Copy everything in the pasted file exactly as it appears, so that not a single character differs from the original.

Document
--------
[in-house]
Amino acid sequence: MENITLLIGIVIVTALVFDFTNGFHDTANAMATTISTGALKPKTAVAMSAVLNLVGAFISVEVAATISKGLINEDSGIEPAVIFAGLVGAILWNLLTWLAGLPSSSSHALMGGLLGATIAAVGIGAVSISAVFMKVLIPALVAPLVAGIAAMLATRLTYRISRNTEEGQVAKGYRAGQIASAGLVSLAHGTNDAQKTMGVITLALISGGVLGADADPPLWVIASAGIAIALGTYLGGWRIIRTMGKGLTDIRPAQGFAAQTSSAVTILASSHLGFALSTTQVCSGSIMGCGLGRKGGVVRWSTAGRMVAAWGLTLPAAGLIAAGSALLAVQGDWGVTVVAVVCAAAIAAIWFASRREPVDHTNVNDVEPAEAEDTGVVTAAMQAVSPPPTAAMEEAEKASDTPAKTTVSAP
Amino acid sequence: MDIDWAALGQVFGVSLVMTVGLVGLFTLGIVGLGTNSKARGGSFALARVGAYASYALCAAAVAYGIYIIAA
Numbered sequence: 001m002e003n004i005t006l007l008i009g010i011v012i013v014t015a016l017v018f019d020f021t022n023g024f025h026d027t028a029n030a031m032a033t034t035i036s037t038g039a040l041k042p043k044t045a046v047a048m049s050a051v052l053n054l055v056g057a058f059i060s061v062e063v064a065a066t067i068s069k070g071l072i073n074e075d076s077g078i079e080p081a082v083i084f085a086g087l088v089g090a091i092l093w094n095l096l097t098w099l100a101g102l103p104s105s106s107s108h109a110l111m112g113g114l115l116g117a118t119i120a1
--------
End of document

[in-house]
Amino acid sequence: MENITLLIGIVIVTALVFDFTNGFHDTANAMATTISTGALKPKTAVAMSAVLNLVGAFISVEVAATISKGLINEDSGIEPAVIFAGLVGAILWNLLTWLAGLPSSSSHALMGGLLGATIAAVGIGAVSISAVFMKVLIPALVAPLVAGIAAMLATRLTYRISRNTEEGQVAKGYRAGQIASAGLVSLAHGTNDAQKTMGVITLALISGGVLGADADPPLWVIASAGIAIALGTYLGGWRIIRTMGKGLTDIRPAQGFAAQTSSAVTILASSHLGFALSTTQVCSGSIMGCGLGRKGGVVRWSTAGRMVAAWGLTLPAAGLIAAGSALLAVQGDWGVTVVAVVCAAAIAAIWFASRREPVDHTNVNDVEPAEAEDTGVVTAAMQAVSPPPTAAMEEAEKASDTPAKTTVSAP
Amino acid sequence: MDIDWAALGQVFGVSLVMTVGLVGLFTLGIVGLGTNSKARGGSFALARVGAYASYALCAAAVAYGIYIIAA
Numbered sequence: 001m002e003n004i005t006l007l008i009g010i011v012i013v014t015a016l017v018f019d020f021t022n023g024f025h026d027t028a029n030a031m032a033t034t035i036s037t038g039a040l041k042p043k044t045a046v047a048m049s050a051v052l053n054l055v056g057a058f059i060s061v062e063v064a065a066t067i068s069k070g071l072i073n074e075d076s077g078i079e080p081a082v083i084f085a086g087l088v089g090a091i092l093w094n095l096l097t098w099l100a101g102l103p104s105s106s107s108h109a110l111m112g113g114l115l116g117a118t119i120a1